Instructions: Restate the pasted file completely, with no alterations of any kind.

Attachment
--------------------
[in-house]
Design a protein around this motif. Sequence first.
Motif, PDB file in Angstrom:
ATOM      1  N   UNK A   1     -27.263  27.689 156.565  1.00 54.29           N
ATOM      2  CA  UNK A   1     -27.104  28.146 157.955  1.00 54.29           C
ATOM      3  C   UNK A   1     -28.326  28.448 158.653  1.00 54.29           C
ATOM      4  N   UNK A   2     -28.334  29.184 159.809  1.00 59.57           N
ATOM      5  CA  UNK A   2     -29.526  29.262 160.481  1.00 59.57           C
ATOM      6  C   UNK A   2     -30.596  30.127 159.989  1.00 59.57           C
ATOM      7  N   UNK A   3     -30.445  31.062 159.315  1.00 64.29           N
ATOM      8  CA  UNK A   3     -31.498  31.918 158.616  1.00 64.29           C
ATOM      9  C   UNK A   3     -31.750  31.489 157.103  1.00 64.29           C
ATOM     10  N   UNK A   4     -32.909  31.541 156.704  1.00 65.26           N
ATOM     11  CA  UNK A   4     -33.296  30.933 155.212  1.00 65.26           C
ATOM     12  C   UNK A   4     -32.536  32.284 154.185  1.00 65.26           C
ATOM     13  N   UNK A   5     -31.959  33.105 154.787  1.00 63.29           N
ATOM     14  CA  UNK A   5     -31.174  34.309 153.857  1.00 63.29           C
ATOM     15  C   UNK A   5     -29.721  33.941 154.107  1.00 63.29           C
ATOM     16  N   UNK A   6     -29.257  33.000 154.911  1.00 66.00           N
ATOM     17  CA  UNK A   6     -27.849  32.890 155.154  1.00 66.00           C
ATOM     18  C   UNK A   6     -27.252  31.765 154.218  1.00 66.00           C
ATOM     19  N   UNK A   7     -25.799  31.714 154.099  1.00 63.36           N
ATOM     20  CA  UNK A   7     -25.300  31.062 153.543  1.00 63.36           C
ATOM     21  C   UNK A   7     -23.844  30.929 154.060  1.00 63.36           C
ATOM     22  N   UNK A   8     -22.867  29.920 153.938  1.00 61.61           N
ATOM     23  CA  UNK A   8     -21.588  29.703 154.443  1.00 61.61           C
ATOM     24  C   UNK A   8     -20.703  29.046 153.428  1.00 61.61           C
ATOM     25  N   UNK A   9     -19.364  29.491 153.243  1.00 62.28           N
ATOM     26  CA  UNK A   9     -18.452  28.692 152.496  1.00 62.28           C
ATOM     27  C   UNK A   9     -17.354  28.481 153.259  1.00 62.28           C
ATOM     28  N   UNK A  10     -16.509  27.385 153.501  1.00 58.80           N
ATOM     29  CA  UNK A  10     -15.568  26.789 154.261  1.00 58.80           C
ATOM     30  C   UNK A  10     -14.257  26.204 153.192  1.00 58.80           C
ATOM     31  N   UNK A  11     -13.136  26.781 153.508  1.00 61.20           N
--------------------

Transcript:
[in-house]
Design a protein around this motif. Sequence first.
Motif, PDB file in Angstrom:
ATOM      1  N   UNK A   1     -27.263  27.689 156.565  1.00 54.29           N
ATOM      2  CA  UNK A   1     -27.104  28.146 157.955  1.00 54.29           C
ATOM      3  C   UNK A   1     -28.326  28.448 158.653  1.00 54.29           C
ATOM      4  N   UNK A   2     -28.334  29.184 159.809  1.00 59.57           N
ATOM      5  CA  UNK A   2     -29.526  29.262 160.481  1.00 59.57           C
ATOM      6  C   UNK A   2     -30.596  30.127 159.989  1.00 59.57           C
ATOM      7  N   UNK A   3     -30.445  31.062 159.315  1.00 64.29           N
ATOM      8  CA  UNK A   3     -31.498  31.918 158.616  1.00 64.29           C
ATOM      9  C   UNK A   3     -31.750  31.489 157.103  1.00 64.29           C
ATOM     10  N   UNK A   4     -32.909  31.541 156.704  1.00 65.26           N
ATOM     11  CA  UNK A   4     -33.296  30.933 155.212  1.00 65.26           C
ATOM     12  C   UNK A   4     -32.536  32.284 154.185  1.00 65.26           C
ATOM     13  N   UNK A   5     -31.959  33.105 154.787  1.00 63.29           N
ATOM     14  CA  UNK A   5     -31.174  34.309 153.857  1.00 63.29           C
ATOM     15  C   UNK A   5     -29.721  33.941 154.107  1.00 63.29           C
ATOM     16  N   UNK A   6     -29.257  33.000 154.911  1.00 66.00           N
ATOM     17  CA  UNK A   6     -27.849  32.890 155.154  1.00 66.00           C
ATOM     18  C   UNK A   6     -27.252  31.765 154.218  1.00 66.00           C
ATOM     19  N   UNK A   7     -25.799  31.714 154.099  1.00 63.36           N
ATOM     20  CA  UNK A   7     -25.300  31.062 153.543  1.00 63.36           C
ATOM     21  C   UNK A   7     -23.844  30.929 154.060  1.00 63.36           C
ATOM     22  N   UNK A   8     -22.867  29.920 153.938  1.00 61.61           N
ATOM     23  CA  UNK A   8     -21.588  29.703 154.443  1.00 61.61           C
ATOM     24  C   UNK A   8     -20.703  29.046 153.428  1.00 61.61           C
ATOM     25  N   UNK A   9     -19.364  29.491 153.243  1.00 62.28           N
ATOM     26  CA  UNK A   9     -18.452  28.692 152.496  1.00 62.28           C
ATOM     27  C   UNK A   9     -17.354  28.481 153.259  1.00 62.28           C
ATOM     28  N   UNK A  10     -16.509  27.385 153.501  1.00 58.80           N
ATOM     29  CA  UNK A  10     -15.568  26.789 154.261  1.00 58.80           C
ATOM     30  C   UNK A  10     -14.257  26.204 153.192  1.00 58.80           C
ATOM     31  N   UNK A  11     -13.136  26.781 153.508  1.00 61.20           N